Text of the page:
Angharad Rees plays Anna the heroine, if you can call her that, given that she’s actually the villain here as well. When she was a child in her cot, she witnessed the horrific murder of her mother by her father, who was harbouring the biggest and bloodiest secret of the era in his murderous bosom.

Now, the pretty blonde Anna is all grown up and living with an unscrupulous foster mother called Mrs. Golding, who assuredly knows a good money-making opportunity when she sees it. She pimps out the virginal-looking girl to wealthy gentlemen and forces Anna to collude with her in the phoney sėances she regularly holds.

When the self-serving Mrs. Golding is found savagely murdered after one such instance of ‘communing with the spirits’ and the petite little Anna is the chief suspect, she is rescued from the horrors of prison by a rich doctor of the mind, rather than the body, a chap called John Pritchard.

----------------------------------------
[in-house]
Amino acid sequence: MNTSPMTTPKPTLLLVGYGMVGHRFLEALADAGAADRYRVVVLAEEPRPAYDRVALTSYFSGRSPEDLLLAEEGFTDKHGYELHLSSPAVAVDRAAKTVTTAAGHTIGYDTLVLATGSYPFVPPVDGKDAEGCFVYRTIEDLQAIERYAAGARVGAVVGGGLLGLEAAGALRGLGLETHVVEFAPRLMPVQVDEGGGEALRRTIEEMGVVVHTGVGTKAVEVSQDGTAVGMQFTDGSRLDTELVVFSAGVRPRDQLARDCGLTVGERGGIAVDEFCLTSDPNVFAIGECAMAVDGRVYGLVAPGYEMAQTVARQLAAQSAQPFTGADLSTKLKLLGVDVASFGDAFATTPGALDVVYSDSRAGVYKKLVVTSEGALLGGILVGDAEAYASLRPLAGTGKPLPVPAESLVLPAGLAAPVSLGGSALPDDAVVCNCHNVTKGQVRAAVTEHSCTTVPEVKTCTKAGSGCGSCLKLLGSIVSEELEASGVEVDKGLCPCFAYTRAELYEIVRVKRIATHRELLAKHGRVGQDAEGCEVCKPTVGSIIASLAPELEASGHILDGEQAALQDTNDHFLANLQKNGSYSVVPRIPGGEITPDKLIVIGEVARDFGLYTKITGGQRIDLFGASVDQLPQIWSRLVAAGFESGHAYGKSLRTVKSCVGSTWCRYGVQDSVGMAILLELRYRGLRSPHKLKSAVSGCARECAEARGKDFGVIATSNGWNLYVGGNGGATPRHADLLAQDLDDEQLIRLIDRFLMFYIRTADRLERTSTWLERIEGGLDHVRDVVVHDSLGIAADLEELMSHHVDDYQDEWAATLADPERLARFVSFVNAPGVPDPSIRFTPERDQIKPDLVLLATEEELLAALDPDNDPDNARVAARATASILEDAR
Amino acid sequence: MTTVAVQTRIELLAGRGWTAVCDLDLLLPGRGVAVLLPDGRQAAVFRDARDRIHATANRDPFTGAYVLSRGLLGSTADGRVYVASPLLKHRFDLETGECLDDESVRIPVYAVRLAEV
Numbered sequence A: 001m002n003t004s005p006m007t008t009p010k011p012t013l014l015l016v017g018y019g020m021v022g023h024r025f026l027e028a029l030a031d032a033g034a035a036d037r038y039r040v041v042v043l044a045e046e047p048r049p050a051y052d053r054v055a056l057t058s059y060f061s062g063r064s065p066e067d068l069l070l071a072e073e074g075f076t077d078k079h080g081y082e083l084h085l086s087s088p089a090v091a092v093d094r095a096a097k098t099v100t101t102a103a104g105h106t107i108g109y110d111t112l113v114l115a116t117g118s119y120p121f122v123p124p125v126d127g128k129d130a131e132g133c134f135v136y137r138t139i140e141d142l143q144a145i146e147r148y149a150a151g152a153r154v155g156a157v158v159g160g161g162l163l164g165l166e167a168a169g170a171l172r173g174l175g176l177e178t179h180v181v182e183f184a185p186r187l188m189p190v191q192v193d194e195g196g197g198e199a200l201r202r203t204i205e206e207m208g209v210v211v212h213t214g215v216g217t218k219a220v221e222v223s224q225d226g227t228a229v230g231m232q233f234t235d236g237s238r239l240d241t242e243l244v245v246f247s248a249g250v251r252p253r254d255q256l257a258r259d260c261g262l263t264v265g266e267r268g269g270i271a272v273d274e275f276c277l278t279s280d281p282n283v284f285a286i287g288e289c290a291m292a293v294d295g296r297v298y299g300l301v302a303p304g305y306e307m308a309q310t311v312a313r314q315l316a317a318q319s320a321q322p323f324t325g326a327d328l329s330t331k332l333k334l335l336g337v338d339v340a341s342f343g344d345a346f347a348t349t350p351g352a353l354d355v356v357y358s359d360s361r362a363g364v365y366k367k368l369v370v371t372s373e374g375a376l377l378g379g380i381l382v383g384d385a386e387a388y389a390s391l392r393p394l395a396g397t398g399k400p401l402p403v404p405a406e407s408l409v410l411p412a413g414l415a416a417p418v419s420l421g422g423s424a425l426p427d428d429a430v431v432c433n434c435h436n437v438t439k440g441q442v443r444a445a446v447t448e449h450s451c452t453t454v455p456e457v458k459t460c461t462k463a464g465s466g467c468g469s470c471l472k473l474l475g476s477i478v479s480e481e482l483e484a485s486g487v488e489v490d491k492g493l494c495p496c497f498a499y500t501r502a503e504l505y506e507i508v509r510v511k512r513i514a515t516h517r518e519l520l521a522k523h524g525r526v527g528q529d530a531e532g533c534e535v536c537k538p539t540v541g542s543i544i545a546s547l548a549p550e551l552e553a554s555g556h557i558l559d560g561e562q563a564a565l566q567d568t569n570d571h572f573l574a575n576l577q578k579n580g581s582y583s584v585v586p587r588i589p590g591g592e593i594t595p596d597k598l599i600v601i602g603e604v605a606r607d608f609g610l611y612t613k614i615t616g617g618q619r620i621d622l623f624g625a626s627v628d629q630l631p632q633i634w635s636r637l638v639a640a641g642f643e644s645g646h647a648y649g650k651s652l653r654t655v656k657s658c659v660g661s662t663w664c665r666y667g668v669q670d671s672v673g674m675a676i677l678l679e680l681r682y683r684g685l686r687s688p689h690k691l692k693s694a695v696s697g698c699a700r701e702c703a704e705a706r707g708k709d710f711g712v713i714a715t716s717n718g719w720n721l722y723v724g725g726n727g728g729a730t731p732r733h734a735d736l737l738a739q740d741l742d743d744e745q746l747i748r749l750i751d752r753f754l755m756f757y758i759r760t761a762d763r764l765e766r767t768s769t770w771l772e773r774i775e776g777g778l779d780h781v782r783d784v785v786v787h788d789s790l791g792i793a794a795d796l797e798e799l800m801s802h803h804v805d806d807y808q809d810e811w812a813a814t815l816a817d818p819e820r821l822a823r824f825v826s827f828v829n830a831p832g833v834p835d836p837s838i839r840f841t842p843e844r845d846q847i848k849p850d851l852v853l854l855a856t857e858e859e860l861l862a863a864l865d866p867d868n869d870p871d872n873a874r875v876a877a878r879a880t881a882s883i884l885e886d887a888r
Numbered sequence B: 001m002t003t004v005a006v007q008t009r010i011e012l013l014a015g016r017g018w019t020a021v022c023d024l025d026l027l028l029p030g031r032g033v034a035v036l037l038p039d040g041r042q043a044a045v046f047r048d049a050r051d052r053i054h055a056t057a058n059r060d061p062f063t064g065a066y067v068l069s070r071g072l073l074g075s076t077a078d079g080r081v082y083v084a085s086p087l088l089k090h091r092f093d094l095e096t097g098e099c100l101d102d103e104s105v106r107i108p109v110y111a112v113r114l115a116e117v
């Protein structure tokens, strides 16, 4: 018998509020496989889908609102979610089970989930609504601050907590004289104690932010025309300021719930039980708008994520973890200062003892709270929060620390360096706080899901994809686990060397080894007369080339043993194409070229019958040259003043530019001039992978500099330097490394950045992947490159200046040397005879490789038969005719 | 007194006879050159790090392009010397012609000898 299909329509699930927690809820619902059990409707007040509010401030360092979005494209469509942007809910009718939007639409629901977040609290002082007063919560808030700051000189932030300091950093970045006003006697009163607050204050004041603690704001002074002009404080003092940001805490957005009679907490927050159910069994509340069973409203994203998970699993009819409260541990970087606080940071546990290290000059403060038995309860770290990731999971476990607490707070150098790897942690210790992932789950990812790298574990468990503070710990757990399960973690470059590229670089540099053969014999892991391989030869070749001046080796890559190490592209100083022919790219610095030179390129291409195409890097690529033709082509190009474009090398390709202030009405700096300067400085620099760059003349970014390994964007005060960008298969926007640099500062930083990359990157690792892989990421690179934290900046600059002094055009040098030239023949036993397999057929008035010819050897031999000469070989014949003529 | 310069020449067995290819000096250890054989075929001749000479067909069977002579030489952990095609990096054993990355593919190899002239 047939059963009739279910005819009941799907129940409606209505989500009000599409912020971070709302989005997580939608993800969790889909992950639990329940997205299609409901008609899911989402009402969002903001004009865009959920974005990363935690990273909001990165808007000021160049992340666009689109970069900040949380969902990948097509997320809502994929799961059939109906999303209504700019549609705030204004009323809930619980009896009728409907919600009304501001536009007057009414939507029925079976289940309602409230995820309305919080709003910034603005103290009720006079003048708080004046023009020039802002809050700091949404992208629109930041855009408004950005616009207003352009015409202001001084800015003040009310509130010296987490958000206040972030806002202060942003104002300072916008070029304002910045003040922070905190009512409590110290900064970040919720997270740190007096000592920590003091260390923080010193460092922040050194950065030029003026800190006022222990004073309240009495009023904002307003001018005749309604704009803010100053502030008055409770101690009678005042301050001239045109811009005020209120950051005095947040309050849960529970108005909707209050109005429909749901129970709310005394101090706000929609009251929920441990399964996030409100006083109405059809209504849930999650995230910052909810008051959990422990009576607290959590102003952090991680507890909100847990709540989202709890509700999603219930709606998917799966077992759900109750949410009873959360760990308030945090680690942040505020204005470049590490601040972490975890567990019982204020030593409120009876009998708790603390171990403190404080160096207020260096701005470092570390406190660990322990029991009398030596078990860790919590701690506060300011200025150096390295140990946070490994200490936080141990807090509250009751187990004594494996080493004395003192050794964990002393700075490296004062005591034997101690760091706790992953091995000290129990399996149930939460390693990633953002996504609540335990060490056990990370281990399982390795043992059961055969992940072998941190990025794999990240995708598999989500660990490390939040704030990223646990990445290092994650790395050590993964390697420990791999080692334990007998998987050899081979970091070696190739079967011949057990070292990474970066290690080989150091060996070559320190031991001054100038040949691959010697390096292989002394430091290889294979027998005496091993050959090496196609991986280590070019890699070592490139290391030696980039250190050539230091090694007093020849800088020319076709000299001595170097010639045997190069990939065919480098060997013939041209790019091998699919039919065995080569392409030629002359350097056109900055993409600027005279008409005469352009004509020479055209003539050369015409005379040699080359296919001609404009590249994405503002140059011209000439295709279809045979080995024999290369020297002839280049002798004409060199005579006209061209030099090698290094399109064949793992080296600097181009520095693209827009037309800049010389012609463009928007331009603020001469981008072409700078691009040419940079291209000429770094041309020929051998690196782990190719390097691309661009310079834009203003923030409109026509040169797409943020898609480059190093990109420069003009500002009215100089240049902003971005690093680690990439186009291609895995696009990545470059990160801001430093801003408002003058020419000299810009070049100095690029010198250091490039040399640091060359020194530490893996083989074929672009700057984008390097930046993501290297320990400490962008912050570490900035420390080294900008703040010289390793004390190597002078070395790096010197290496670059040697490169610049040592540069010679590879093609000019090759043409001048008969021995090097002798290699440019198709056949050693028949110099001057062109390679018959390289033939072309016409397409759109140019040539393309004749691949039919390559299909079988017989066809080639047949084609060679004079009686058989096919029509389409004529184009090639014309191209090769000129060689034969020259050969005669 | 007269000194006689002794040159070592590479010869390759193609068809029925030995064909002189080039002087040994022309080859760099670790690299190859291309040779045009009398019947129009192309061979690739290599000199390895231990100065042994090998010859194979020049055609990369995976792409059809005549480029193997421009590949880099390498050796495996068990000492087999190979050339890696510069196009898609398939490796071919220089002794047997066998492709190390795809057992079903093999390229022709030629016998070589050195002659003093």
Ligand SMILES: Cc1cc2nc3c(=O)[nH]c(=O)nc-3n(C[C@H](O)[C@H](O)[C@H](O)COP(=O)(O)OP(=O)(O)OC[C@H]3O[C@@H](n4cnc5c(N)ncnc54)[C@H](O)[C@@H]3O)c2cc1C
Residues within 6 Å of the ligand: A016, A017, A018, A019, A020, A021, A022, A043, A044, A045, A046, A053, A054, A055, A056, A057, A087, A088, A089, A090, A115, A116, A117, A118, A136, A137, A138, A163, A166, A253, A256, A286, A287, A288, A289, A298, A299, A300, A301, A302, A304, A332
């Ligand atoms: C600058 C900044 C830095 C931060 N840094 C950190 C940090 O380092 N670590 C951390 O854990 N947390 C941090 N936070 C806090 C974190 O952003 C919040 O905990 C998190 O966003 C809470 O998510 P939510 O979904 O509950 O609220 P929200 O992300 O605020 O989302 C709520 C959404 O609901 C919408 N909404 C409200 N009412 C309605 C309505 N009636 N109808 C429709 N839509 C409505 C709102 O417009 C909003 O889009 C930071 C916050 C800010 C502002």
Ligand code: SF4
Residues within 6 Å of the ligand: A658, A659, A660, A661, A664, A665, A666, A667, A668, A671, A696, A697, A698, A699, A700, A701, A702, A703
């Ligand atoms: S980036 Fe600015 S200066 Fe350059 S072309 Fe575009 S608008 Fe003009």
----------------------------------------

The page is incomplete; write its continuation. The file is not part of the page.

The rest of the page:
Convinced that Anna carried out the horrific killing while under the influence of her dead murderer of a father, Dr. Pritchard, a fan of Sigmund Freud’s, is determined to ‘study’ her and see how the world of psychiatry can benefit by such a study.

We don’t study our murderers enough, he complains, because we’re too quick to slap a rope around their necks. To this end, and totally convinced that his motives are pure and only for the betterment of people’s knowledge of medicine, he brings a bemused Anna home to his luxurious town house and immediately installs her in his dead wife’s bedroom and dresses her in his dead wife’s fabulous gowns. Hmmmmm.